Let me say up front that I apologize if some readers find the options below unpalatable. They clearly aren't for every table. The question itself already exhausts the usual ways of making additional ranged attacks, and the asker's group's and personal binds further restrict the available options. Also, while the asker's comments indicated that material is acceptable if "it isn't game-breaking or silly," both are subjective: One group's game-breaking or silly can be another's normal.
That said, this answer first relies on a weapon that some groups may think is silly. Also, in a typical campaign with less restrictive binds, the weapon is possibly unbalanced. However, in a campaign that appears to favor casters to the degree that the question's campaigns do, I suspect that the weapon may be met with less incredulity. Still, the weapon mandates a conversation with the group. Then this answer suggests gaining more limbs to wield more ranged weapons. Again, while some groups would be okay with this, the vagueness of the rules, the fighter's appearance, or both may be too much for the group.
Main-"hand" mouth darts instead of a hand crossbow
The exotic weapon fukimi-bari (Arms and Equipment Guide 7) (1 gp; 0.1 lb.) was never subject to the 3.5 revision therefore making it game-legal but subject to minor adjustments by the DM. Assuming those minor adjustments don't radically alter the weapon, when a creature makes an attack, the creature can spit three fukimi-bari. As fukimi-bari are darts that a creature holds in its mouth and spits at its foes, practically, it's unlikely that a DM will allow a creature to two-weapon fight exclusively with fukimi-bari unless the creature's a chimera (Monster Manual 34), ettin (106–7), or another multimouthed creature (but see below).
Thus a typical human can two-weapon fight by spitting fukimi-bari as her main-"hand" weapon and, for example, firing a light crossbow with her off-hands. Fukimi-bari damage is low, so buying a batch of +1 flaming frost shock fukimi-bari for boss battles will probably be a thing. (A Medium creature's normal fukimi-bari deal but 1 point of damage and have a threat range of 20. Also, precision damage only applies to the first 'bari in a 3-round burst. Finally, while they're technically thrown weapons the wielder's Strength modifier doesn't apply to damage.) While damage drops substantially—the feat Crossbow Sniper (Player's Handbook II 77–8) doesn't apply, for instance—the sheer volume of attacks probably compensates, as fukimi-bari triple the number of main-hand ranged attacks a typical human can make.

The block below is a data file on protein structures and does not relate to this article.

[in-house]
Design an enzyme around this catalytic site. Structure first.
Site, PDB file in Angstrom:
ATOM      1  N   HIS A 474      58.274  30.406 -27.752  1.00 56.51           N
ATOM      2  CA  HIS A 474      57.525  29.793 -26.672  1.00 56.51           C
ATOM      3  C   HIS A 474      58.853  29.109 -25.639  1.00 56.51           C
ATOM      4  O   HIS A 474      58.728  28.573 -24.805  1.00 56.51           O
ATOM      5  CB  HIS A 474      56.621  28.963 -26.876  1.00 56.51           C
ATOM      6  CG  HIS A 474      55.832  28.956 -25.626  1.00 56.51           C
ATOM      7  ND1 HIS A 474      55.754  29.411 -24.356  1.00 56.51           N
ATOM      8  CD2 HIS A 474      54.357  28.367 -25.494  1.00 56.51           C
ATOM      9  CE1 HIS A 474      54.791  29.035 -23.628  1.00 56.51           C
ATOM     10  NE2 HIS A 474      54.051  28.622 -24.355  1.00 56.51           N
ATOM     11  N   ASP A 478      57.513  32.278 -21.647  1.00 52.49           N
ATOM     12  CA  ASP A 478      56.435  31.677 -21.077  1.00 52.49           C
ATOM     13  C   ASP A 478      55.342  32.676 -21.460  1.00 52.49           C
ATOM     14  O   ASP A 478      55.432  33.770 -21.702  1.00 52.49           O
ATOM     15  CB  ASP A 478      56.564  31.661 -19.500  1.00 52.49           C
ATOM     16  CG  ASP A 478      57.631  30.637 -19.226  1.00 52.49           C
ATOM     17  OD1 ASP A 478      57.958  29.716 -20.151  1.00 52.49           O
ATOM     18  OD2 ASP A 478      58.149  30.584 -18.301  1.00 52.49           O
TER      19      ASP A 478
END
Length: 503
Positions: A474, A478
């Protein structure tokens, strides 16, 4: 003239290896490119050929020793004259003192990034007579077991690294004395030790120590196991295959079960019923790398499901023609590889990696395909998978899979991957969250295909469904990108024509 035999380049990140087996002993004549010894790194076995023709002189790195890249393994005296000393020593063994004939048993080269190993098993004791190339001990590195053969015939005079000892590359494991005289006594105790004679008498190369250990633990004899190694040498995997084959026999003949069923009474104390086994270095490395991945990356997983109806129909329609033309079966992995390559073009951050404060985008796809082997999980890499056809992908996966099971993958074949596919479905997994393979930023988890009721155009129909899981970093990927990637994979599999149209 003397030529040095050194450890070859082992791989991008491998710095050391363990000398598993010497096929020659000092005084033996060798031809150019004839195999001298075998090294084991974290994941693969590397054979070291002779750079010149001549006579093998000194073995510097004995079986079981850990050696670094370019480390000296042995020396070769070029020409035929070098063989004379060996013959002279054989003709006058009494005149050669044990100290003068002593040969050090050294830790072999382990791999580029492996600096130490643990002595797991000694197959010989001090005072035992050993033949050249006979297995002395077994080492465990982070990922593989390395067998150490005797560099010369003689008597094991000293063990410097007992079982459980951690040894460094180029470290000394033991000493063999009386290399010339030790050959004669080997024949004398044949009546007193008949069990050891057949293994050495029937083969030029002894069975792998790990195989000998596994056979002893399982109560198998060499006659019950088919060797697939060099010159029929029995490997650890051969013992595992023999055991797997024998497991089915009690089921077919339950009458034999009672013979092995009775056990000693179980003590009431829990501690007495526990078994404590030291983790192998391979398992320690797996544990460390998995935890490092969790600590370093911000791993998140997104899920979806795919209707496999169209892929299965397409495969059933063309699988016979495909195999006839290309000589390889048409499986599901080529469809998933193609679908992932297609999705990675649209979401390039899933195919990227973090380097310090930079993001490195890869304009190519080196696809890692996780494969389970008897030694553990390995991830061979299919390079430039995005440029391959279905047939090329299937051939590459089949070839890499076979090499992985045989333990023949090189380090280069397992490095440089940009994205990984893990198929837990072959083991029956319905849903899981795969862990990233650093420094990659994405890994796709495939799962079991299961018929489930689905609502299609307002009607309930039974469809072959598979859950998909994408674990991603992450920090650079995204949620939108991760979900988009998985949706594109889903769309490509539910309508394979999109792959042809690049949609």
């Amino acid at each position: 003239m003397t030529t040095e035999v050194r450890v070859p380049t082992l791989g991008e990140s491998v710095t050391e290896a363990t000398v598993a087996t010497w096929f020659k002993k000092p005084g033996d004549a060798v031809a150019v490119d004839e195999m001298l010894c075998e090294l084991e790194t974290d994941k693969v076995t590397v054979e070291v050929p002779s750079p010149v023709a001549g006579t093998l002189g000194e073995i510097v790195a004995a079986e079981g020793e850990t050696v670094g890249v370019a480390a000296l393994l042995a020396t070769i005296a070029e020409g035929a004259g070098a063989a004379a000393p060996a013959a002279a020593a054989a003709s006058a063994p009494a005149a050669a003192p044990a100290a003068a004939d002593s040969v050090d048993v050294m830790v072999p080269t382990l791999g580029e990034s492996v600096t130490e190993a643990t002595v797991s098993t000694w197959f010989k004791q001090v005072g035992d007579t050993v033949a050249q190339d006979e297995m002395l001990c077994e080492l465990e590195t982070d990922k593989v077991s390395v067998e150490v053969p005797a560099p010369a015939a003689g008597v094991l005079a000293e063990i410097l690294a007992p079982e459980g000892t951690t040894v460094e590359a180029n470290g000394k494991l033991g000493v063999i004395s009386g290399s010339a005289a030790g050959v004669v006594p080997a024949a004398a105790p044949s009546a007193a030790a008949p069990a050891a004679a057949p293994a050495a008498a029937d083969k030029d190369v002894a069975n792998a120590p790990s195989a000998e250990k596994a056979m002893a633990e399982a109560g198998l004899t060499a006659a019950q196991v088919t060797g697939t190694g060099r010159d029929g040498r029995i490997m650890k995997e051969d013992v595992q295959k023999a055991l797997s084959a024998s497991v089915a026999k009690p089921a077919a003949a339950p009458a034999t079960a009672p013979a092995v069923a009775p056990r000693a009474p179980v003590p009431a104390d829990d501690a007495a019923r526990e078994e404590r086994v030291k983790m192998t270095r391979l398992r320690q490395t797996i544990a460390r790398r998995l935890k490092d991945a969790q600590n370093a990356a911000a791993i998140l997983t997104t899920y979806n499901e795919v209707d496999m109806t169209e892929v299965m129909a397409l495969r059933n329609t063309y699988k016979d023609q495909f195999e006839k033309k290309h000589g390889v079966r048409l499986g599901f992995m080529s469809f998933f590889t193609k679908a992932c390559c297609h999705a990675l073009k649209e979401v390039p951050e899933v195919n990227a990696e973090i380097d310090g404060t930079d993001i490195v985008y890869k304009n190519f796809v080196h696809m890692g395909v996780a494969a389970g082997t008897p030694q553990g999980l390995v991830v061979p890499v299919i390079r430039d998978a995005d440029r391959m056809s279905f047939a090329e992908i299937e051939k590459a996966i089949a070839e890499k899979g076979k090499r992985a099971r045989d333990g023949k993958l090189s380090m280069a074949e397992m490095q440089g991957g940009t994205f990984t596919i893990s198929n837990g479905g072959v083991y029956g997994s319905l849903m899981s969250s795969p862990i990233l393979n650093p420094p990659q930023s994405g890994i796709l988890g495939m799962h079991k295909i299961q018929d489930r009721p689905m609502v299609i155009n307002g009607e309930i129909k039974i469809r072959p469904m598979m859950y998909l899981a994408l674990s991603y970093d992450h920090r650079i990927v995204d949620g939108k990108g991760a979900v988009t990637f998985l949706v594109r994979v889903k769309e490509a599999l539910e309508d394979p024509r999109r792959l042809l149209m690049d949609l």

Buy another mouth to two-weapon fight with just mouth darts
A nonevil-aligned creature that's considering a fiendish graft should be aware that for it a fiendish graft's drawbacks are significant. Anyway, the Fiend Folio on Acquiring a Fiendish Graft, in part, says, "Certain magical devices have been discovered that enfold a creature, remove one of its limbs,… and replace the limb with a fiendish graft…" (209), but whether this horrific event also occurs when a fiendish graft is attached conventionally—like, for example, by an O-so-benevolent terrestrial creator—is unstated. None of the fiendish grafts themselves say one way or the other whether they replace or supplement existing body parts, no matter how unusual or disturbing the outcome of the latter may be.